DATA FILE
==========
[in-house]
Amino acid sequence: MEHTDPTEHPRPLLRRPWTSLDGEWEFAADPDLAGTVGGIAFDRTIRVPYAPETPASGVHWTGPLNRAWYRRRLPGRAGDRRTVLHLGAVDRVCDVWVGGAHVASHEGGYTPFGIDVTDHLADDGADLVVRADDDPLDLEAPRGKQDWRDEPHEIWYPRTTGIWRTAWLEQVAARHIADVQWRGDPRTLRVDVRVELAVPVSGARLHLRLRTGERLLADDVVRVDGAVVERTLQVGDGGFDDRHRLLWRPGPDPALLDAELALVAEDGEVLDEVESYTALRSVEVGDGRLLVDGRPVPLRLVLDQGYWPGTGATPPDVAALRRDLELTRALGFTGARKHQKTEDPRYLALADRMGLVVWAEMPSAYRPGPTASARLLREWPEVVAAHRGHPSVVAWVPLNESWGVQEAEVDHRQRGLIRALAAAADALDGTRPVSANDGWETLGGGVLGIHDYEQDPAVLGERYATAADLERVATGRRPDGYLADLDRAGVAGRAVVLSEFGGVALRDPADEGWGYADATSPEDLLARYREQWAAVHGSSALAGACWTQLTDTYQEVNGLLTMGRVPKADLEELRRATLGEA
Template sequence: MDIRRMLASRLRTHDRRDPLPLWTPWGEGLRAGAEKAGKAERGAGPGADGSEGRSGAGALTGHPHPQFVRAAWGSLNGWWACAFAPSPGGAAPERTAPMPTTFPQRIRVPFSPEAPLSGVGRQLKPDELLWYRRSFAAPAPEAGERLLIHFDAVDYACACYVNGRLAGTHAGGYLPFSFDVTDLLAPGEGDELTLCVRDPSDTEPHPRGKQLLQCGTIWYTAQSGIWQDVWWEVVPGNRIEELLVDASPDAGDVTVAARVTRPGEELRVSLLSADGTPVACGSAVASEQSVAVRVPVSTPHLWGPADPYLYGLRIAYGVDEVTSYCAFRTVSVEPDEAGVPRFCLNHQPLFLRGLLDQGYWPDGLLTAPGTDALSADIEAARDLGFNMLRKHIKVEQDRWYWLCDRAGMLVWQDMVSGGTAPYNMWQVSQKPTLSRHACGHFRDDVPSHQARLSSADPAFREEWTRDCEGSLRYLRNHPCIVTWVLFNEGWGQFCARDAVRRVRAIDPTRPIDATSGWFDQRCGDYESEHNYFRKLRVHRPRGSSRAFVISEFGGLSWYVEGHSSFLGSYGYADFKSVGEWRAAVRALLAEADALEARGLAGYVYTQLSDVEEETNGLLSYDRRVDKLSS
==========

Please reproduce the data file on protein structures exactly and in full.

[in-house]
Amino acid sequence: MEHTDPTEHPRPLLRRPWTSLDGEWEFAADPDLAGTVGGIAFDRTIRVPYAPETPASGVHWTGPLNRAWYRRRLPGRAGDRRTVLHLGAVDRVCDVWVGGAHVASHEGGYTPFGIDVTDHLADDGADLVVRADDDPLDLEAPRGKQDWRDEPHEIWYPRTTGIWRTAWLEQVAARHIADVQWRGDPRTLRVDVRVELAVPVSGARLHLRLRTGERLLADDVVRVDGAVVERTLQVGDGGFDDRHRLLWRPGPDPALLDAELALVAEDGEVLDEVESYTALRSVEVGDGRLLVDGRPVPLRLVLDQGYWPGTGATPPDVAALRRDLELTRALGFTGARKHQKTEDPRYLALADRMGLVVWAEMPSAYRPGPTASARLLREWPEVVAAHRGHPSVVAWVPLNESWGVQEAEVDHRQRGLIRALAAAADALDGTRPVSANDGWETLGGGVLGIHDYEQDPAVLGERYATAADLERVATGRRPDGYLADLDRAGVAGRAVVLSEFGGVALRDPADEGWGYADATSPEDLLARYREQWAAVHGSSALAGACWTQLTDTYQEVNGLLTMGRVPKADLEELRRATLGEA
Template sequence: MDIRRMLASRLRTHDRRDPLPLWTPWGEGLRAGAEKAGKAERGAGPGADGSEGRSGAGALTGHPHPQFVRAAWGSLNGWWACAFAPSPGGAAPERTAPMPTTFPQRIRVPFSPEAPLSGVGRQLKPDELLWYRRSFAAPAPEAGERLLIHFDAVDYACACYVNGRLAGTHAGGYLPFSFDVTDLLAPGEGDELTLCVRDPSDTEPHPRGKQLLQCGTIWYTAQSGIWQDVWWEVVPGNRIEELLVDASPDAGDVTVAARVTRPGEELRVSLLSADGTPVACGSAVASEQSVAVRVPVSTPHLWGPADPYLYGLRIAYGVDEVTSYCAFRTVSVEPDEAGVPRFCLNHQPLFLRGLLDQGYWPDGLLTAPGTDALSADIEAARDLGFNMLRKHIKVEQDRWYWLCDRAGMLVWQDMVSGGTAPYNMWQVSQKPTLSRHACGHFRDDVPSHQARLSSADPAFREEWTRDCEGSLRYLRNHPCIVTWVLFNEGWGQFCARDAVRRVRAIDPTRPIDATSGWFDQRCGDYESEHNYFRKLRVHRPRGSSRAFVISEFGGLSWYVEGHSSFLGSYGYADFKSVGEWRAAVRALLAEADALEARGLAGYVYTQLSDVEEETNGLLSYDRRVDKLSS